NEW YORK -- As a member of the Red Sox, John Lackey has become all too familiar with the homer-happy reputation that precedes Yankee Stadium.
Lackey allowed a career-high four home runs and the stuttering Red Sox offense could not keep pace with the Yankees' long ball barrage in a 7-4 loss on Saturday afternoon, the Red Sox's third loss in five games.
Lackey entered his third start looking to replicate the formula that helped him cruise to victory in his first two outings of the season -- namely, pounding the zone with mostly fastballs -- but the Yankees capitalized on his mistakes on an afternoon in which Yankee Stadium's short right-field wall appeared especially accommodating.
"You have to be extra careful in this whole division," Lackey said. "Where we play, it's pretty similar, just in the other direction, so it's something you kind of get used to. I just have to do a better job of keeping the ball in the yard."
The heart of New York's lineup, stacked with high-priced acquisitions from the past calendar year, led the onslaught that eventually chased Lackey from the game after 5 2/3 innings, as Carlos Beltran, Brian McCann and Alfonso Soriano combined to go 6-for-9 with four home runs and six RBIs the first three times through the order.
"He paid for some pitches that were up in the strike zone," manager John Farrell said of Lackey. "A couple of fastballs, one up to Beltran that he pulled back to the middle, and the other one first pitch of the fourth inning to McCann where he hits the ball out of the ballpark. Warmer weather, the ball was really carrying here today, but still, it was the mistakes up in the strike zone today."
Beltran opened the scoring in the first inning with a two-run blast into the right-field bleachers off an 0-2 fastball that Lackey left up in the strike zone. McCann sent Lackey's first pitch of the fourth inning into the second deck in right field for his first home run in pinstripes, and Soriano followed his catcher and roped a cutter on the outside corner to the opposite field and just over the wall for the Yankees' first back-to-back homers since June 6 of last season.
"I think that's what we're capable of," said McCann, who hit his first two home runs as a Yankee on Saturday. "We have a deep lineup that gets on base. We're capable of big innings. So far, so good."
McCann struck again in the sixth inning with a two-run homer that soared into the Yankees' bullpen. After Yangervis Solarte poked a single through the left side to put two men on with two outs later in the frame, Lackey was pulled, unable to last at least six innings for just the second time since the 2013 All-Star break. Lackey has struggled in his four starts at Yankee Stadium as a member of the Red Sox, posting an 8.34 ERA.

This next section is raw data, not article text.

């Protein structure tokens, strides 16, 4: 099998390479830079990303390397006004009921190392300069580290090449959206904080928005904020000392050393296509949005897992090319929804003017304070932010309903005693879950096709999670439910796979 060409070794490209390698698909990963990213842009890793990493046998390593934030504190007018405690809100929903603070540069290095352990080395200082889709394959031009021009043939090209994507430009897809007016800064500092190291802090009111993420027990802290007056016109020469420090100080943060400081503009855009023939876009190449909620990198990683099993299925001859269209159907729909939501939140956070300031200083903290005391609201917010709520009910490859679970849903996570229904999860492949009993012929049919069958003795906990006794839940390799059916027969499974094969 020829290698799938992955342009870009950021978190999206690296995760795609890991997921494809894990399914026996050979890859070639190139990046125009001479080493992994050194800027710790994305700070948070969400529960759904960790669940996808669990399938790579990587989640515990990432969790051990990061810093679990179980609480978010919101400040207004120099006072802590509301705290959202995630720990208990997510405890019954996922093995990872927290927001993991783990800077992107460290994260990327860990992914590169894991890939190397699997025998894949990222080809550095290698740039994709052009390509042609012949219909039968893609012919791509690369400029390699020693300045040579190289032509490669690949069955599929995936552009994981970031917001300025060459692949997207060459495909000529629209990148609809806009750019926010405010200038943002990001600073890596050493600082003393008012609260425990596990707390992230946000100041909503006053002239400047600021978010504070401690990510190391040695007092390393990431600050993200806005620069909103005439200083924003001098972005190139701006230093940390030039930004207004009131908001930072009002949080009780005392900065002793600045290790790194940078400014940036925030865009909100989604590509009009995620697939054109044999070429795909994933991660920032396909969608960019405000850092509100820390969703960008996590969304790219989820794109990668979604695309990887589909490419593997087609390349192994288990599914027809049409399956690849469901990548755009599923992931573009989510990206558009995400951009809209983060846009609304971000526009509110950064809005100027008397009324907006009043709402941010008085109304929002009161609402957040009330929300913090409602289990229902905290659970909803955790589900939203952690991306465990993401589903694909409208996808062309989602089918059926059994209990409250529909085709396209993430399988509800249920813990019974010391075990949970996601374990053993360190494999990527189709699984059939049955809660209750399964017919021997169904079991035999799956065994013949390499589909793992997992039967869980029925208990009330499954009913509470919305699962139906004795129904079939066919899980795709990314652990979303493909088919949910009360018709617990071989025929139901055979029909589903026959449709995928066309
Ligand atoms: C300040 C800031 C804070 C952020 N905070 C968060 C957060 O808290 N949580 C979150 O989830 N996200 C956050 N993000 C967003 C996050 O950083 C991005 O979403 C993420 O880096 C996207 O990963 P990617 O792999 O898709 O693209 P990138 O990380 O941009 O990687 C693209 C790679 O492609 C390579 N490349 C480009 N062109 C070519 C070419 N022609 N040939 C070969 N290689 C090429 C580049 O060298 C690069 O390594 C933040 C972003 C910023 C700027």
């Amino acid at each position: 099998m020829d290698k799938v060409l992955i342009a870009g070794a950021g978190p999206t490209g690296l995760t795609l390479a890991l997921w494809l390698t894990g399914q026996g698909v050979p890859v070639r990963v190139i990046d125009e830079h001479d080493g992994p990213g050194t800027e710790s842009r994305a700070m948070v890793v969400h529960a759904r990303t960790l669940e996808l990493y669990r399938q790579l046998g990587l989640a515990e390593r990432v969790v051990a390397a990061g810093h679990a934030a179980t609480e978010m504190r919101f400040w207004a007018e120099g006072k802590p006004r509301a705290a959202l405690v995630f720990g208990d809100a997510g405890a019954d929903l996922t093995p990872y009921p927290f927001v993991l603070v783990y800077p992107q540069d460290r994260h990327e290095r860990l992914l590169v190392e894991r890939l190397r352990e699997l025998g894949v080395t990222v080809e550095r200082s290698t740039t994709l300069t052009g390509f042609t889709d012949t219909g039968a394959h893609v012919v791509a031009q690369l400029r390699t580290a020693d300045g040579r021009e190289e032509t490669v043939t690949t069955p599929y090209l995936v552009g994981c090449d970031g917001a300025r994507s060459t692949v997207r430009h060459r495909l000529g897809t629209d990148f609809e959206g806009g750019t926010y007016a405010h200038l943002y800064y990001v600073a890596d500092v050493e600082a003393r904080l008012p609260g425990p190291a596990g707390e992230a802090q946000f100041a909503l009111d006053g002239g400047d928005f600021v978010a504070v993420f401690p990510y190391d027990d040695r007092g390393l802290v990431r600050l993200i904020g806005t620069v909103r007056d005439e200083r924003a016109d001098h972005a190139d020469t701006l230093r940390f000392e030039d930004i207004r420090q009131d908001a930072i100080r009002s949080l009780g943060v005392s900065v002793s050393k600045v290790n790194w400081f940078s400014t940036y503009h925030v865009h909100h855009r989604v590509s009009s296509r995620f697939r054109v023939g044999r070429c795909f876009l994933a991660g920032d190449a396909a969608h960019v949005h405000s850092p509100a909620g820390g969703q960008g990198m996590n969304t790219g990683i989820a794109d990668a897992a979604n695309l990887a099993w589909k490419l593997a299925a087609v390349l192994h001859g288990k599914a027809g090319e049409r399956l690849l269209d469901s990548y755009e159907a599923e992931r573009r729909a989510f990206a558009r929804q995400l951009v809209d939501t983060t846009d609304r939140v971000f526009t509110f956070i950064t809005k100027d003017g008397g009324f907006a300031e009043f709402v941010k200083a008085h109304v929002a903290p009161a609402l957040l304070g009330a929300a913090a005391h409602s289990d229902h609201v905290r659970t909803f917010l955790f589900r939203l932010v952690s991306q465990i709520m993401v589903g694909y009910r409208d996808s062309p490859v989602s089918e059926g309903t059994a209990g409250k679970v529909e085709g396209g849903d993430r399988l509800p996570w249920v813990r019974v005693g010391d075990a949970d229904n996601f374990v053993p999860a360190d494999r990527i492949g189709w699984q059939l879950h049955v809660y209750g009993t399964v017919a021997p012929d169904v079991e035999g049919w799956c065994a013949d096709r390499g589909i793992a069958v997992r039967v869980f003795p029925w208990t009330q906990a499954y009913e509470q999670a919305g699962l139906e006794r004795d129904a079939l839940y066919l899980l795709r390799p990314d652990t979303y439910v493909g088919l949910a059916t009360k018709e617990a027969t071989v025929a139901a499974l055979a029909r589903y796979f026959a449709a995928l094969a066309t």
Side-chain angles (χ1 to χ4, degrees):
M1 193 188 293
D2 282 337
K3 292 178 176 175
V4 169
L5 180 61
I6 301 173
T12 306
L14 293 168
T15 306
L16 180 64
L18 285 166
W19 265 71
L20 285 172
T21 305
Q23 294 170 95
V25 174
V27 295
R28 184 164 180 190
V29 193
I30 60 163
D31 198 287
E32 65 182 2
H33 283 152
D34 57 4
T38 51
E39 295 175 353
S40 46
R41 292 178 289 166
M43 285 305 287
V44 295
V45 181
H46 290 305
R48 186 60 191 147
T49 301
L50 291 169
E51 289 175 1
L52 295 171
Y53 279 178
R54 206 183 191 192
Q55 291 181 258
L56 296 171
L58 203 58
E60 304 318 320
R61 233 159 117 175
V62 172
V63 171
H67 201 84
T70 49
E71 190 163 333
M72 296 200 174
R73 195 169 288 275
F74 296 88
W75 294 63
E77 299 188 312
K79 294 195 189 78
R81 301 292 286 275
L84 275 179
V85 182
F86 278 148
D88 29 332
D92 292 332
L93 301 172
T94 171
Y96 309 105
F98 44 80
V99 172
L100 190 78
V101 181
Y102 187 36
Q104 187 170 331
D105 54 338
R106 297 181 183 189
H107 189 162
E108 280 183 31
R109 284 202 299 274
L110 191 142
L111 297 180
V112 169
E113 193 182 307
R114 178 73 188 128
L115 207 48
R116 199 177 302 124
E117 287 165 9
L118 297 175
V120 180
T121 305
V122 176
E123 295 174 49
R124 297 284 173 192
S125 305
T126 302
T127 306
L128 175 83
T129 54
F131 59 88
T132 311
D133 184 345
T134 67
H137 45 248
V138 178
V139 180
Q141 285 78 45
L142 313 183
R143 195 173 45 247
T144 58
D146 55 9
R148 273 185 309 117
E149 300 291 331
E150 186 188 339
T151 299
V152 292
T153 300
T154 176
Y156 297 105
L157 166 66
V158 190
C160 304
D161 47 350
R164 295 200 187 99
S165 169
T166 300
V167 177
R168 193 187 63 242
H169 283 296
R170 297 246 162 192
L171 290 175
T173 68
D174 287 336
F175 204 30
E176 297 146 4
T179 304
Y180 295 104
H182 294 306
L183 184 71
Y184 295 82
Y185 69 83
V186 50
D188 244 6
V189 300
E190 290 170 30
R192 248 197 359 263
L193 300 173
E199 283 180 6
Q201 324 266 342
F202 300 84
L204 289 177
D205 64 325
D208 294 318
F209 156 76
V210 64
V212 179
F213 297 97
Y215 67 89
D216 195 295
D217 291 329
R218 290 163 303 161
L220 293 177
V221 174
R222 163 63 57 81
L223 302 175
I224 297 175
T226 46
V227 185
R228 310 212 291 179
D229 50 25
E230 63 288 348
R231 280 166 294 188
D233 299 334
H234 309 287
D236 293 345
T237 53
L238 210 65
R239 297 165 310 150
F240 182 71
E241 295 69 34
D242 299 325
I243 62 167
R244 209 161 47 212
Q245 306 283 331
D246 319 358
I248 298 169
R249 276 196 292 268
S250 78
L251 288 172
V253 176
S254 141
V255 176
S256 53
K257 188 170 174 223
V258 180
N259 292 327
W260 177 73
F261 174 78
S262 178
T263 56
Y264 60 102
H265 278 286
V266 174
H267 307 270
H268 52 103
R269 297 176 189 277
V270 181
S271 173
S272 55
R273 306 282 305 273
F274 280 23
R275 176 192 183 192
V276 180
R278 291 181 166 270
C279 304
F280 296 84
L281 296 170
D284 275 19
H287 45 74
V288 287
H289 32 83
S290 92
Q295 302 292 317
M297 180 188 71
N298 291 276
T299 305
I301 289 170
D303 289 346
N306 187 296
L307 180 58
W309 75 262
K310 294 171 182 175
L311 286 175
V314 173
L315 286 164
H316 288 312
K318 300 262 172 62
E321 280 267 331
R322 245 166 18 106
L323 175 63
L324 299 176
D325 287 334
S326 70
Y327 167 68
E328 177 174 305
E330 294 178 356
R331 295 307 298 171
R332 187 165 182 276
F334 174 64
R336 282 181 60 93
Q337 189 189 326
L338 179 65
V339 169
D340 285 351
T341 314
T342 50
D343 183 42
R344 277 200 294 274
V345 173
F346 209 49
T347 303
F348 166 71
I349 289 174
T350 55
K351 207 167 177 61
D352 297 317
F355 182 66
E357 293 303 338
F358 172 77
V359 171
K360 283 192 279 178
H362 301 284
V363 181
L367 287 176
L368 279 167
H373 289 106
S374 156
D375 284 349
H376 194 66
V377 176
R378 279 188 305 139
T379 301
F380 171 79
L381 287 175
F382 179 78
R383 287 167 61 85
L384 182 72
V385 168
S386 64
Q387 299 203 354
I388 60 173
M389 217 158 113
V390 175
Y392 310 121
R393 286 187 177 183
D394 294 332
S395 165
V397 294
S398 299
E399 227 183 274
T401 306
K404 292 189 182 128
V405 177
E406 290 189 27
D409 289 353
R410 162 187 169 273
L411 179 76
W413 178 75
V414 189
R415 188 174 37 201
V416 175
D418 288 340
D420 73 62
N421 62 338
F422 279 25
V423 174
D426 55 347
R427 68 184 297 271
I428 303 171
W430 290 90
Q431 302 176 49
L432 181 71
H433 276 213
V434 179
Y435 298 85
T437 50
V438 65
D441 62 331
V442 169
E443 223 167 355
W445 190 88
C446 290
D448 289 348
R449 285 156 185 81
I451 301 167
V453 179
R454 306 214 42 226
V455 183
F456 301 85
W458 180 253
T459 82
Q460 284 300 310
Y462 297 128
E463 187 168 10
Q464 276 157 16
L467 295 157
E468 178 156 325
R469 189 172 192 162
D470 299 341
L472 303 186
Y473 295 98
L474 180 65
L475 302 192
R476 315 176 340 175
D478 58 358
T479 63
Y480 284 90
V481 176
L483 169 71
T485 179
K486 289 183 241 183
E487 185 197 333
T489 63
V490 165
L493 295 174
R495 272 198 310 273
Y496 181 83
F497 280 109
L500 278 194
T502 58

The Red Sox moved a runner into scoring position in four of the first five innings, but A.J. Pierzynski's two-run home run in the second stood as the only damage inflicted by the visitors in the early going.
Trailing, 6-2, Boston broke through for two more with a station-to-station rally in the seventh as New York starter Hiroki Kuroda reached the end of his rope. Kuroda walked two of the first three batters, and reliever Matt Thornton grazed Mike Napoli's jersey with an inside fastball to load the bases for Mike Carp. Carp poked a two-run single through the hole in the left side of the infield created by the defensive shift to pull within two runs.
"It was welcoming eyes to see something like that, especially being a guy that uses the whole field," Carp said. "[The shift] definitely doesn't faze me one bit."
However, Carp was thrown out trying to steal second, stopping the seventh-inning rally short with Napoli standing on third as the result of a calculated risk by Farrell with Xander Bogaerts behind in the count.
"On the 0-2 count, we gambled a little bit to get 90 feet," Farrell said. "I know we're down two with Xander [Bogaerts] at the plate. Down, an 0-2 count, thinking it might be a breaking ball, so we sent him just to try to create something and be a little bit more aggressive, and it didn't work out."
Kelly Johnson tacked on a solo shot in the bottom of the eighth, the Yankees' fifth home run of the day, to cap the scoring.
Pierzynski continued his hot week, collecting the third multihit game in his last four starts. After Bogaerts muscled a broken-bat single through the right side of the infield, Pierzynski struck on a sinker from Kuroda that missed its spot, sending his first home run in a Red Sox uniform two decks up in right.
Dustin Pedroia became Boston's fourth leadoff hitter this season as part of Farrell's continued shuffling of the lineup and broke out of an 0-for-12 slump with a double to begin the fifth inning. However, the next three Red Sox hitters were set down in order, leaving Pedroia stranded on third base.
"It's tough," Pedroia said of the team's offensive woes. "Obviously at the beginning of the season it's more magnified, but that'll change. Over the course of the year, that stuff will change. We're not going to go the whole year without scoring in the first inning."
Eric Single is an associate reporter for MLB.com. This story was not subject to the approval of Major League Baseball or its clubs.